Faced with an unprecedented surge in shootings across the five boroughs, which has resulted in countless injuries and even the killing of a 1-year-old, the NYPD on Friday launched the End Gun Violence plan that targets high-crime areas.
"We know exactly where to put the cops. And it's not an entire neighborhood, it's two square blocks," said NYPD Commissioner Dermot Shea.
The NYPD won't be adding officers, but rather is shifting them. There will be more cops in areas with high numbers of shootings and more detectives sent to investigate shootings Additionally, the community affairs bureau will be reorganized and more more gun buy-back events will be hosted.
Officers will be moved away from big target areas that are frequented by tourists. The number of officers needed in those areas has been greatly reduced due to the COVID-19 pandemic that has hampered tourism of any kind in the city.
In addition to the new plan coming after the gun violence surge, it comes just days after protesters on the Brooklyn Bridge attacked NYPD officers, leaving some bloodied.
"I think the constant refining of that effort is part of this, and then getting many more cops to be present as a deterrent," said New York City Mayor Bill de Blasio.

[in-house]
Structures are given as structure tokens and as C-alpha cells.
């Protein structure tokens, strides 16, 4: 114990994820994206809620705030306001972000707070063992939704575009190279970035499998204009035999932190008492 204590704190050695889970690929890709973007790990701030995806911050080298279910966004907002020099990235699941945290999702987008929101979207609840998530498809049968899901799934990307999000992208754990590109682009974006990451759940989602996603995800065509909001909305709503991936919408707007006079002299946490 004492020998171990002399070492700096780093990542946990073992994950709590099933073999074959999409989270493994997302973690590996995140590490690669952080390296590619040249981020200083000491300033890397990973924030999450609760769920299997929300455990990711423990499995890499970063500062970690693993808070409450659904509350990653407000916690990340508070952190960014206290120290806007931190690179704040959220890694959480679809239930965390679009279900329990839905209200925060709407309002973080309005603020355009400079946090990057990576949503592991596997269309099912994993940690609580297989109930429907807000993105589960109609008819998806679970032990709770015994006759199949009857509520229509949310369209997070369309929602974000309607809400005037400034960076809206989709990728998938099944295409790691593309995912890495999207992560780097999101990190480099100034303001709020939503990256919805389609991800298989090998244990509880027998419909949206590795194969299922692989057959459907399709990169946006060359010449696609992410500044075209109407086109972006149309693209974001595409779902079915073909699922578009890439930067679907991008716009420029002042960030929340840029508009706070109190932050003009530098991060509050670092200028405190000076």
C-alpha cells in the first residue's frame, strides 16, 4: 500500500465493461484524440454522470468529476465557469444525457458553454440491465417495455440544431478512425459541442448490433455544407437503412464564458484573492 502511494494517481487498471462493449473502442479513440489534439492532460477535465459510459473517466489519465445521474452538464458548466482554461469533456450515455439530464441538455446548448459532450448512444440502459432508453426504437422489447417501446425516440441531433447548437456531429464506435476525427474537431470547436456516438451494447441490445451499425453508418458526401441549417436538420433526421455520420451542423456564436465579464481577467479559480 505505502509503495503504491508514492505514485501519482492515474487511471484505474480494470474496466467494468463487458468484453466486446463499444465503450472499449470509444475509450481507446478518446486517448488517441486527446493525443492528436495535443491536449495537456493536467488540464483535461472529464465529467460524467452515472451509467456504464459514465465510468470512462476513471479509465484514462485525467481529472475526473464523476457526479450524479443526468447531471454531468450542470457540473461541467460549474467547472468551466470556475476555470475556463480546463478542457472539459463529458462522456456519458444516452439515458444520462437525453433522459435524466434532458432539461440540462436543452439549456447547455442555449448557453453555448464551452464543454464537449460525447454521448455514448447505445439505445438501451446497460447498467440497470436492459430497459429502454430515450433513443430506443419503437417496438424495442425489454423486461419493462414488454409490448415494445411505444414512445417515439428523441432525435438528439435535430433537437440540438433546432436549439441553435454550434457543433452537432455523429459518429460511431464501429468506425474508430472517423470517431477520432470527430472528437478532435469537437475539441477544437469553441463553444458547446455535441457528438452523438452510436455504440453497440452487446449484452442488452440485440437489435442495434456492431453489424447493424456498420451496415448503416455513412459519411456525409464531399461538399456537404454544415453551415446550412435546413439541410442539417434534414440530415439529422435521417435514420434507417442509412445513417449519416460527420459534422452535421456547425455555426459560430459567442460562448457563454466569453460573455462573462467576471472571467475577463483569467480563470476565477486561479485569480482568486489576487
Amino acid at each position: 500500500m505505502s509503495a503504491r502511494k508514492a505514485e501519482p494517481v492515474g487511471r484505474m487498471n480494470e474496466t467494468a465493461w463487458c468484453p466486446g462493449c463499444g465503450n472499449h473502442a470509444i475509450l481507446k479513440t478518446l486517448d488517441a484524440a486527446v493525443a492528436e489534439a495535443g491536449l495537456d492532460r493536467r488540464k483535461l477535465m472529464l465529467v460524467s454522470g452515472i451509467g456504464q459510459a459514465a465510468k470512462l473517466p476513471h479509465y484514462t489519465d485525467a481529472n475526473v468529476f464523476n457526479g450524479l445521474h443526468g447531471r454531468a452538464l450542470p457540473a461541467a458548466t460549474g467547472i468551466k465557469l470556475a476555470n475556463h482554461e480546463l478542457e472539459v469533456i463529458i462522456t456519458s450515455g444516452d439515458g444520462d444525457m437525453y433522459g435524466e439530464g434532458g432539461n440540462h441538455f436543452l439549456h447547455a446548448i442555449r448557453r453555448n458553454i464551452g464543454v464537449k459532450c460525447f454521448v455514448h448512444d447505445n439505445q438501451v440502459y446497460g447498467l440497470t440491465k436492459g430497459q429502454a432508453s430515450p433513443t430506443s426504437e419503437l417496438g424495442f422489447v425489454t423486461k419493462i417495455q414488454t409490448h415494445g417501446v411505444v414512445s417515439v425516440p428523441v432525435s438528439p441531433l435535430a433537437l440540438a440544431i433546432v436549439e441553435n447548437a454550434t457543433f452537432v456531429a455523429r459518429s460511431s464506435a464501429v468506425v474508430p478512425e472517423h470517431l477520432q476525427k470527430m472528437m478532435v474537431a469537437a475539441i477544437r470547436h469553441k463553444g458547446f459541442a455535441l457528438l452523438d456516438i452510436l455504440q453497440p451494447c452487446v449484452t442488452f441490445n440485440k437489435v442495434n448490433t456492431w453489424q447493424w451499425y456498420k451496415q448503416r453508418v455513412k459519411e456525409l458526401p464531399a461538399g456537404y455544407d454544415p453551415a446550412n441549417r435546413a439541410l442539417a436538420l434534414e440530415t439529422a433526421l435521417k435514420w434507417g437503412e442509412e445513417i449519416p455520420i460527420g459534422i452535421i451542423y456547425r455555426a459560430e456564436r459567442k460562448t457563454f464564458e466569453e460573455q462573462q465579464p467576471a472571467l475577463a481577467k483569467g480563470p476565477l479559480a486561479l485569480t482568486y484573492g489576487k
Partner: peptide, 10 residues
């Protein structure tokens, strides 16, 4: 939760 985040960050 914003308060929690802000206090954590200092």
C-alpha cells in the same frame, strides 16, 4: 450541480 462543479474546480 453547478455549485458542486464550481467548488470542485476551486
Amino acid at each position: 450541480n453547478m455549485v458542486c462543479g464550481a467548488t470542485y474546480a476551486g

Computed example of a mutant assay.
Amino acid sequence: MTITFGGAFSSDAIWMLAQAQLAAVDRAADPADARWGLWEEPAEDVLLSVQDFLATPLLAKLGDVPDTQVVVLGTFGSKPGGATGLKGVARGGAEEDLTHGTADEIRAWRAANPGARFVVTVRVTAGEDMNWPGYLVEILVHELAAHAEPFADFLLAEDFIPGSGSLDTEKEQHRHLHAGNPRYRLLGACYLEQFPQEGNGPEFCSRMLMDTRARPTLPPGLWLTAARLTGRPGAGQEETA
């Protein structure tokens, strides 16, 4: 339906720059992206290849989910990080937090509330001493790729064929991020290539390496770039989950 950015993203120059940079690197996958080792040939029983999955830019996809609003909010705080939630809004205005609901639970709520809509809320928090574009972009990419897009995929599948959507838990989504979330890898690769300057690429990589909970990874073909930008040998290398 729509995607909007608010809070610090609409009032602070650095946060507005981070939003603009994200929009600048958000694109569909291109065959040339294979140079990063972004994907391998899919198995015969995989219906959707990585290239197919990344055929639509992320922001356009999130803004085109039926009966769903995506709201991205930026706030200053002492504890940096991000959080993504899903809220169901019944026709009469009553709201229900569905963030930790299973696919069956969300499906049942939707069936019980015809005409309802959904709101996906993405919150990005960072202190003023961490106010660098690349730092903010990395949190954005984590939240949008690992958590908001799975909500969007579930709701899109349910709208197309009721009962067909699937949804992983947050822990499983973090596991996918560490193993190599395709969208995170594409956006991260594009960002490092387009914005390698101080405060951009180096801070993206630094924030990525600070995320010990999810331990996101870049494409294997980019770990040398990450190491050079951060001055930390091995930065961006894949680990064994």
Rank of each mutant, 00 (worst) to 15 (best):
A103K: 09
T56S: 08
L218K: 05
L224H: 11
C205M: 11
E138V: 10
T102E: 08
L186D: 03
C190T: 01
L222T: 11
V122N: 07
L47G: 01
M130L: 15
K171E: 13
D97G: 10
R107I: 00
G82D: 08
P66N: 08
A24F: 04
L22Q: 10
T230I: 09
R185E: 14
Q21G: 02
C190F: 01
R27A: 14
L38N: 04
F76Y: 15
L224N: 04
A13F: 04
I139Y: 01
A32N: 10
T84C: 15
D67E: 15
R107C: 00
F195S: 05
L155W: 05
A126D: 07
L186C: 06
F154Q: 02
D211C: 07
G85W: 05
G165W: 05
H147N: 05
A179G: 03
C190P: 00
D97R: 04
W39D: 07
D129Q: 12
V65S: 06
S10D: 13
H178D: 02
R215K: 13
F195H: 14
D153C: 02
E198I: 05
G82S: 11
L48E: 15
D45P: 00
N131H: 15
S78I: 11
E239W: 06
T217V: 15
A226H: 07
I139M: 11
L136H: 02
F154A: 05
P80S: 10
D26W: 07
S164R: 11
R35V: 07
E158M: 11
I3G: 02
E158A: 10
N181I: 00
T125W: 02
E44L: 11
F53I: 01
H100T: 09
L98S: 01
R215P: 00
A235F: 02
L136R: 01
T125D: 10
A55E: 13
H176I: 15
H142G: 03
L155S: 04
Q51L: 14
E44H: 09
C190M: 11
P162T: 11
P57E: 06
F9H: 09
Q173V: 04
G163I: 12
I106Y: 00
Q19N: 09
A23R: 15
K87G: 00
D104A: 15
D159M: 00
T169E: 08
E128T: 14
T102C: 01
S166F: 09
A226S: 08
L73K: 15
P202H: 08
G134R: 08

Community and religious leaders from around NYC gathered to let the city know: that's just the start.
"Rape is up. Shootings are up. There's a whole lot of things going on in our city that we just can't tolerate anymore. And we're here to fight that all, and join our police in doing that," said community activist Tony Herbert.
"When a 1-year-old is killed, a 12-year-old is paralyzed, we welcome the additional police force to stop the crime, and we say kudos to the mayor — but we need to sit down with the mayor," said Bishop Gerald Seabrooks.
Another community leader, who is also a former NYPD officer, said he wants de Blasio to bring back the anti-crime units that were disbanded earlier this year. There are some who believe that the uptick in shootings is at least partly due to that unit, which was made up of 600 plainclothes officers who were responsible for 50 percent of gun arrests in 2019, being taken off the streets.